Dem split on jobless benefits slows relief bill in Senate
Published 8:03 pm Friday, March 5, 2021
WASHINGTON — Democrats laid aside one battle over boosting the minimum wage but promptly descended into another internal fight Friday as the party haltingly tried moving its $1.9 trillion COVID-19 relief bill through the Senate.
Senators seemingly killed progressives’ last-ditch effort to include a federal minimum wage hike in the relief package, which embodies President Joe Biden’s top legislative priority.
They voted 58-42 against the increase, though the vote wasn’t yet formally gaveled to a close. Eight Democrats voted against the proposal, suggesting that Sen. Bernie Sanders, I-Vt., and other progressives vowing to continue the effort in coming months will face a difficult fight.
But even as Democrats moved past that battle, they lurched into another as a deal they thought they’d reached between progressives and moderates over unemployment benefits threatened to crumble.
Republican senators — in accounts verified by a lobbyist — said Sen. Joe Manchin, D-W.Va., was no longer backing a Democratic proposal for a fresh round of emergency jobless benefits. Instead Manchin, probably the Senate’s most conservative Democrat and a potential deal breaker in the 50-50 chamber, was said to prefer a less-generous GOP alternative.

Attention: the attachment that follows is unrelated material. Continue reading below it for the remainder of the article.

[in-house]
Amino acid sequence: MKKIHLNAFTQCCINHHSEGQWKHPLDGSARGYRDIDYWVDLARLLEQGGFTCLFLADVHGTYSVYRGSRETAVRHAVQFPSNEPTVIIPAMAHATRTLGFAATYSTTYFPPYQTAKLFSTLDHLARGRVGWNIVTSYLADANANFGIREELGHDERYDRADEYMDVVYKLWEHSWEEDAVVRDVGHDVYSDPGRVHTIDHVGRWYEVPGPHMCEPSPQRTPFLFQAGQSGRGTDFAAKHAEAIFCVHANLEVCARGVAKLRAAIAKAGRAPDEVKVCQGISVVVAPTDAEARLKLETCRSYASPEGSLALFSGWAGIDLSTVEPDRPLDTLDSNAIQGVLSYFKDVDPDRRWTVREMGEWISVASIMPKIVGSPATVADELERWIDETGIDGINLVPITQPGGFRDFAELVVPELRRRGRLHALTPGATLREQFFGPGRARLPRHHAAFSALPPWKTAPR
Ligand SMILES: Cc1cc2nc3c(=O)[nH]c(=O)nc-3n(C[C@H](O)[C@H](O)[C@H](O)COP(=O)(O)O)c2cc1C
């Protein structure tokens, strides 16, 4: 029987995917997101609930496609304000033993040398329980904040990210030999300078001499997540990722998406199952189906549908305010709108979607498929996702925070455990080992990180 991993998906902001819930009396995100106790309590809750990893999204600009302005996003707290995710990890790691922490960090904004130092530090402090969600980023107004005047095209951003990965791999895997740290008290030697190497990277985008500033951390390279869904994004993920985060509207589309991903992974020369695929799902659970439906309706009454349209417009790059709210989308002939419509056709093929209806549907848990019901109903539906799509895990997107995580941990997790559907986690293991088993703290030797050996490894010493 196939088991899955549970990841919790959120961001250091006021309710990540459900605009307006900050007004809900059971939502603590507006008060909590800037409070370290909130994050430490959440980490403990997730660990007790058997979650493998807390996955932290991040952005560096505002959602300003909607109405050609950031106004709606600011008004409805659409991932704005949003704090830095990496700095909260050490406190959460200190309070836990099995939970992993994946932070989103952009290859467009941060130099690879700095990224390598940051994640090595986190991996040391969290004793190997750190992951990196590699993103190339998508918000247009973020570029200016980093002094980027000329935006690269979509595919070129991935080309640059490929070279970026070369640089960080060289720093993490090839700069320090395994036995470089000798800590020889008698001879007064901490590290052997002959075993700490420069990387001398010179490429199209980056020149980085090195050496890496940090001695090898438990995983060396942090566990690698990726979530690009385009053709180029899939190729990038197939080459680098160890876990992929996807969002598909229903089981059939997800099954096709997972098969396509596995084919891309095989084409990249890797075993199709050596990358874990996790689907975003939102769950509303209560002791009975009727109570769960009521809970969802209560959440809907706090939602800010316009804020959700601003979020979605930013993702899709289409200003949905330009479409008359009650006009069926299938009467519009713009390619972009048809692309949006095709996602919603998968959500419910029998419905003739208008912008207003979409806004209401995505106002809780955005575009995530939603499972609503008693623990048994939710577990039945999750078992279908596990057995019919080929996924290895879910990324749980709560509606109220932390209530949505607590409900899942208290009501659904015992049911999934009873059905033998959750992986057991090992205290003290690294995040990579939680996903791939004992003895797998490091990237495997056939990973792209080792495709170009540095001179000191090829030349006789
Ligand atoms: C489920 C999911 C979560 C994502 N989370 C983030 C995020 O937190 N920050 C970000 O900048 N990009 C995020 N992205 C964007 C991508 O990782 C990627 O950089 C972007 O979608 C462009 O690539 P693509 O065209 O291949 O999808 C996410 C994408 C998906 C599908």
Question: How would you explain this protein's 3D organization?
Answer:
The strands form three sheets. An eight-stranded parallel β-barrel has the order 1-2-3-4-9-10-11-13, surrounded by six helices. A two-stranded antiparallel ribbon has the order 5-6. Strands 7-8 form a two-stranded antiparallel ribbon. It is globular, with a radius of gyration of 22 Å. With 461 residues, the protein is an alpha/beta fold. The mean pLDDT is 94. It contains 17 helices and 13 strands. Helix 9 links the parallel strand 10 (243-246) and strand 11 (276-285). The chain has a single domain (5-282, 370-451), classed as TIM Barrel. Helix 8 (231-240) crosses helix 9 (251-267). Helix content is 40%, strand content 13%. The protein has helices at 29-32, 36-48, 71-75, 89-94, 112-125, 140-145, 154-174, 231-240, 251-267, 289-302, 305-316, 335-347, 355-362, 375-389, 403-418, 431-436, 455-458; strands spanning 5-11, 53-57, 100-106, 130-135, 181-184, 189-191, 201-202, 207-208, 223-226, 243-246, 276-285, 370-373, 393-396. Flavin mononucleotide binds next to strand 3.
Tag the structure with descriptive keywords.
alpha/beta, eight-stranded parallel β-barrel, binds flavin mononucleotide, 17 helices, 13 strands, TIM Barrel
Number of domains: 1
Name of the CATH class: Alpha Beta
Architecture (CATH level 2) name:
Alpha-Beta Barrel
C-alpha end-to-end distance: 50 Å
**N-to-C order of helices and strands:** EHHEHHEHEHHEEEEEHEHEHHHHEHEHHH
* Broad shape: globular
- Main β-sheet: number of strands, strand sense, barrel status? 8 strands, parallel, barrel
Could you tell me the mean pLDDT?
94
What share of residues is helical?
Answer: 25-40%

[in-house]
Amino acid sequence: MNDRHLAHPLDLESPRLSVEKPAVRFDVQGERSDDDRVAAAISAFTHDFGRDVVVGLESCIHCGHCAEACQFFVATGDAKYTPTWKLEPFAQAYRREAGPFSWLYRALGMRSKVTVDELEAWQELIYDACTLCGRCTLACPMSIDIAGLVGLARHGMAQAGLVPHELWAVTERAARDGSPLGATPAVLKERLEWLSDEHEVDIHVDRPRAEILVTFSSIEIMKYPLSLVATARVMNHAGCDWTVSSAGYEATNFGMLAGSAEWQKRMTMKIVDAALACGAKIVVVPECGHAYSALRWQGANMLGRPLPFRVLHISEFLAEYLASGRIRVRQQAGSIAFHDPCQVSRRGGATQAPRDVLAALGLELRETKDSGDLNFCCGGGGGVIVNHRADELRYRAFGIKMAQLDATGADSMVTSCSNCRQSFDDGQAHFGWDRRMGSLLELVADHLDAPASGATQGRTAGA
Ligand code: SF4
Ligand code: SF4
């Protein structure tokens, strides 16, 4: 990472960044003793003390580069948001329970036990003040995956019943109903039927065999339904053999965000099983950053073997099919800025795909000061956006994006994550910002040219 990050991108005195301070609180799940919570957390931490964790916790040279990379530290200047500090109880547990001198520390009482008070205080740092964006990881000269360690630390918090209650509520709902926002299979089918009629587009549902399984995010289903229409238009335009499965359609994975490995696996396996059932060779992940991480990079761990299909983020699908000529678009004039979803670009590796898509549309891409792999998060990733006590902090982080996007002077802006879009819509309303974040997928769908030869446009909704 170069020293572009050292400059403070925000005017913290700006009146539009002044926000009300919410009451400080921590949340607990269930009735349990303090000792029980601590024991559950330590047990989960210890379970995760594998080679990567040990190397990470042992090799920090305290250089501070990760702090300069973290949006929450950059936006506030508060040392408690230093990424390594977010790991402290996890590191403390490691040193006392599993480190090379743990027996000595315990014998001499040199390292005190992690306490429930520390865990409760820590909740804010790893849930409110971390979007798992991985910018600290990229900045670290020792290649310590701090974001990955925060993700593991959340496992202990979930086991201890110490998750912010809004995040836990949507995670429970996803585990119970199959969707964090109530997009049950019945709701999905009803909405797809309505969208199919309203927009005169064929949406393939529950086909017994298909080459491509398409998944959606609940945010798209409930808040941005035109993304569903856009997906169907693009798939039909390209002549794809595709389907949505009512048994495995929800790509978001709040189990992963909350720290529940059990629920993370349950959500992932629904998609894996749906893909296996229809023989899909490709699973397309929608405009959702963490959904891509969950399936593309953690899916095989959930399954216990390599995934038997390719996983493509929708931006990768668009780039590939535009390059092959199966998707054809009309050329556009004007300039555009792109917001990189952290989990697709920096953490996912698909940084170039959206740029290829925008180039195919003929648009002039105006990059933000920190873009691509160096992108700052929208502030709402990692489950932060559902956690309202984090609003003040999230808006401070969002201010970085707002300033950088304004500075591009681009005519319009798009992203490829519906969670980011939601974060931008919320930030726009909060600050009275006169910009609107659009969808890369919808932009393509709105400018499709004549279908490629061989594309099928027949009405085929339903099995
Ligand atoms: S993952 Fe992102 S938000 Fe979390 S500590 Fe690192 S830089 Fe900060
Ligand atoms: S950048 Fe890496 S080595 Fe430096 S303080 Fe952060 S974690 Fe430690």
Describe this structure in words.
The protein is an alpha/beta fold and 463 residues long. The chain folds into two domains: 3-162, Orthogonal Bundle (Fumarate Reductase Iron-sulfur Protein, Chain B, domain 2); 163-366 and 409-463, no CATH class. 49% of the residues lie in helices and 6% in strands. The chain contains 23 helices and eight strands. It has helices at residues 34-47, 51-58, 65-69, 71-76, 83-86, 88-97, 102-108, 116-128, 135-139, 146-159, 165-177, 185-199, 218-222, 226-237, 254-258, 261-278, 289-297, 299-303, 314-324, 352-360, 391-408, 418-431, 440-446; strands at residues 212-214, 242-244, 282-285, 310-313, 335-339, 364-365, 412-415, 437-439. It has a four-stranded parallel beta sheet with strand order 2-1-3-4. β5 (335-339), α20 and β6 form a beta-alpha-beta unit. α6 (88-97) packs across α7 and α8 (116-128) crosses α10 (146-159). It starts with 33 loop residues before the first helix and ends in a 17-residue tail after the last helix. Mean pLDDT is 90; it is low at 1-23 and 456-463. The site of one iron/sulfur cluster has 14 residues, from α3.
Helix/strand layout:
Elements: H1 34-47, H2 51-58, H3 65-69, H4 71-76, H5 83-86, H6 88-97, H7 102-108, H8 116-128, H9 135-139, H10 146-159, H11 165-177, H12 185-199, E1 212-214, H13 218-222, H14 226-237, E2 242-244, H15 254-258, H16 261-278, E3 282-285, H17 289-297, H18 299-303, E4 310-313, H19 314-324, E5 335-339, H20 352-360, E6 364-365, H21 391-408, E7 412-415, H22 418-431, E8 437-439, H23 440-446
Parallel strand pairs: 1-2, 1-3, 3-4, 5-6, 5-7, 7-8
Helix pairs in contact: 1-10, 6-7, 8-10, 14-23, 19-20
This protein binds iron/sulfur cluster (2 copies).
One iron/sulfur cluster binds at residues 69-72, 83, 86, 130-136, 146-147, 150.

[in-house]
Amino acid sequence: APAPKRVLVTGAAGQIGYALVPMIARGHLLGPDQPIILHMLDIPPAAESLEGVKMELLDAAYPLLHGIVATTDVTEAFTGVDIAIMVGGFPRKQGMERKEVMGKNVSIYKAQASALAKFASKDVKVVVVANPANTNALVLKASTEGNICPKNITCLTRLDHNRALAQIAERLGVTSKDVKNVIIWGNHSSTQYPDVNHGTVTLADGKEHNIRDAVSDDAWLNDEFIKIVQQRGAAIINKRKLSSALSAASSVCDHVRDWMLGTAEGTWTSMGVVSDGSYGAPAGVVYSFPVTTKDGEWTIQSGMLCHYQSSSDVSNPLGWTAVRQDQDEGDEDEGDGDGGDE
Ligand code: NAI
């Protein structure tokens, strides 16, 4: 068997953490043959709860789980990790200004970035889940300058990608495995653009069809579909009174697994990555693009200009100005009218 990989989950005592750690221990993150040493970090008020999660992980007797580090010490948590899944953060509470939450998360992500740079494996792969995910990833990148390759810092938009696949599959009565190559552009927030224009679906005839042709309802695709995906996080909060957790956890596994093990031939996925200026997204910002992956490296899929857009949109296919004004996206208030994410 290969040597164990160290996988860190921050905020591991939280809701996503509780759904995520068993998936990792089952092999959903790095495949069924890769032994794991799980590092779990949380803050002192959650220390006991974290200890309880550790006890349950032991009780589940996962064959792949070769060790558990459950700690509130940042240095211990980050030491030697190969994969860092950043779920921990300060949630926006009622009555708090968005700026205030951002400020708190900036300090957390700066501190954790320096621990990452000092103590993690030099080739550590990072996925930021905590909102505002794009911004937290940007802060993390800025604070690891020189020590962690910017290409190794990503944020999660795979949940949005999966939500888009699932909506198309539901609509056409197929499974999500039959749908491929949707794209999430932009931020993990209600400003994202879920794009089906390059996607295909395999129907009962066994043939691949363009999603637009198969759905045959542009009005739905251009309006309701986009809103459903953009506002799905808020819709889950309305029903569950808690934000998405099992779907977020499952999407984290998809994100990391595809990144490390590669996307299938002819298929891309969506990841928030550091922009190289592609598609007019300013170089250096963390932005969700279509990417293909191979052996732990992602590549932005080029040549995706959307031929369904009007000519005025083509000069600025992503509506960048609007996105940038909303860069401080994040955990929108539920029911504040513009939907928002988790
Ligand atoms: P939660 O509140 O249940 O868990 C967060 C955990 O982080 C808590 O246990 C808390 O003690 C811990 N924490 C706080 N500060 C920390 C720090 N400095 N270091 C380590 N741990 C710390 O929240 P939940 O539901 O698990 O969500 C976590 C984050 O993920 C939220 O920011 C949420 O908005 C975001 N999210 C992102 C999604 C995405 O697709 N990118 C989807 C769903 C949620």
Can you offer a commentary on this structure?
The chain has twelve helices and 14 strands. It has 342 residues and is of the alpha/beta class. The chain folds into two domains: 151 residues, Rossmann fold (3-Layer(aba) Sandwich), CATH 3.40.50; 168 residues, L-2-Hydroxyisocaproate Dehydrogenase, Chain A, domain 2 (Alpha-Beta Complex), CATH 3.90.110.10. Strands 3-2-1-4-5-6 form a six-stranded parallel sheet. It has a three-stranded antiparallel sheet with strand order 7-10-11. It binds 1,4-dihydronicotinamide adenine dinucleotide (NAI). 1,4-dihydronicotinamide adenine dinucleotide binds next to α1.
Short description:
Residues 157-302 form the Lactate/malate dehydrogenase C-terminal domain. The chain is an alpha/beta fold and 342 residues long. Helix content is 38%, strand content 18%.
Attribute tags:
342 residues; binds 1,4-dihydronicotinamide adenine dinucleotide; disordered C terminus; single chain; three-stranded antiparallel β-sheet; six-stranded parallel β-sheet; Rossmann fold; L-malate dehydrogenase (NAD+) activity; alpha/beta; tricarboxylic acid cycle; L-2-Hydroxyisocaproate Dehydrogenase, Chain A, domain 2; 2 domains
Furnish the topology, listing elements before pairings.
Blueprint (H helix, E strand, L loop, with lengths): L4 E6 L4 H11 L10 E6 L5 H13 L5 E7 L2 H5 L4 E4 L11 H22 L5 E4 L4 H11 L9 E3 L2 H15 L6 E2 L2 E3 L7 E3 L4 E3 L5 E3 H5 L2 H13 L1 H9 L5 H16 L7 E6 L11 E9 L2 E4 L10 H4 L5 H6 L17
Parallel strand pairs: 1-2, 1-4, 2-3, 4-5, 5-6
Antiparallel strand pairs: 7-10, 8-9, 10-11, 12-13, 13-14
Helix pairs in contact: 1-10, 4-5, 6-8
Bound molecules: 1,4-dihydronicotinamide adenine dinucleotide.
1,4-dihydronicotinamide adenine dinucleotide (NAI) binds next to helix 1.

The Senate’s work, including formally ending the minimum wage roll call that started in the morning, jerked to a halt as party leaders mapped how they would move ahead.
“I feel bad for Joe Manchin. I hope the Geneva Convention applies to him,” No. 2 Senate GOP leader John Thune of South Dakota told reporters.
The overall bill, aimed at battling the killer virus and nursing the staggered economy back to health, will provide direct payments of up to $1,400 to most Americans. There’s also money for COVID-19 vaccines and testing, aid to state and local governments, help for schools and the airline industry, tax breaks for lower-earners and families with children, and subsidies for health insurance.
The Senate voted 51-50 Thursday to begin debating the legislation, with Vice President Kamala Harris casting the pivotal tie-breaking vote. That nail-biter and a host of eleventh-hour deals Democratic leaders were cutting with rank-and-file lawmakers reflected the delicate task of moving the measure through the precariously divided 50-50 chamber. The package faces a solid wall of GOP opposition.
Senate approval, considered likely over the weekend, would give the House time to approve the legislation and whisk it to Biden for his signature.
Though the number of Democrats opposing the minimum wage plan was a surprise, its defeat was not. Solid Republican opposition had guaranteed in advance that proponents would fall well short of the 60 votes needed to win. The proposal would boost the federal minimum wage to $15 hourly by 2025, up from its current $7.25.
Democrats next turned to trying to halt the roadblock over unemployment benefits by reaching some accommodation with Manchin. His aides did not return requests for comment.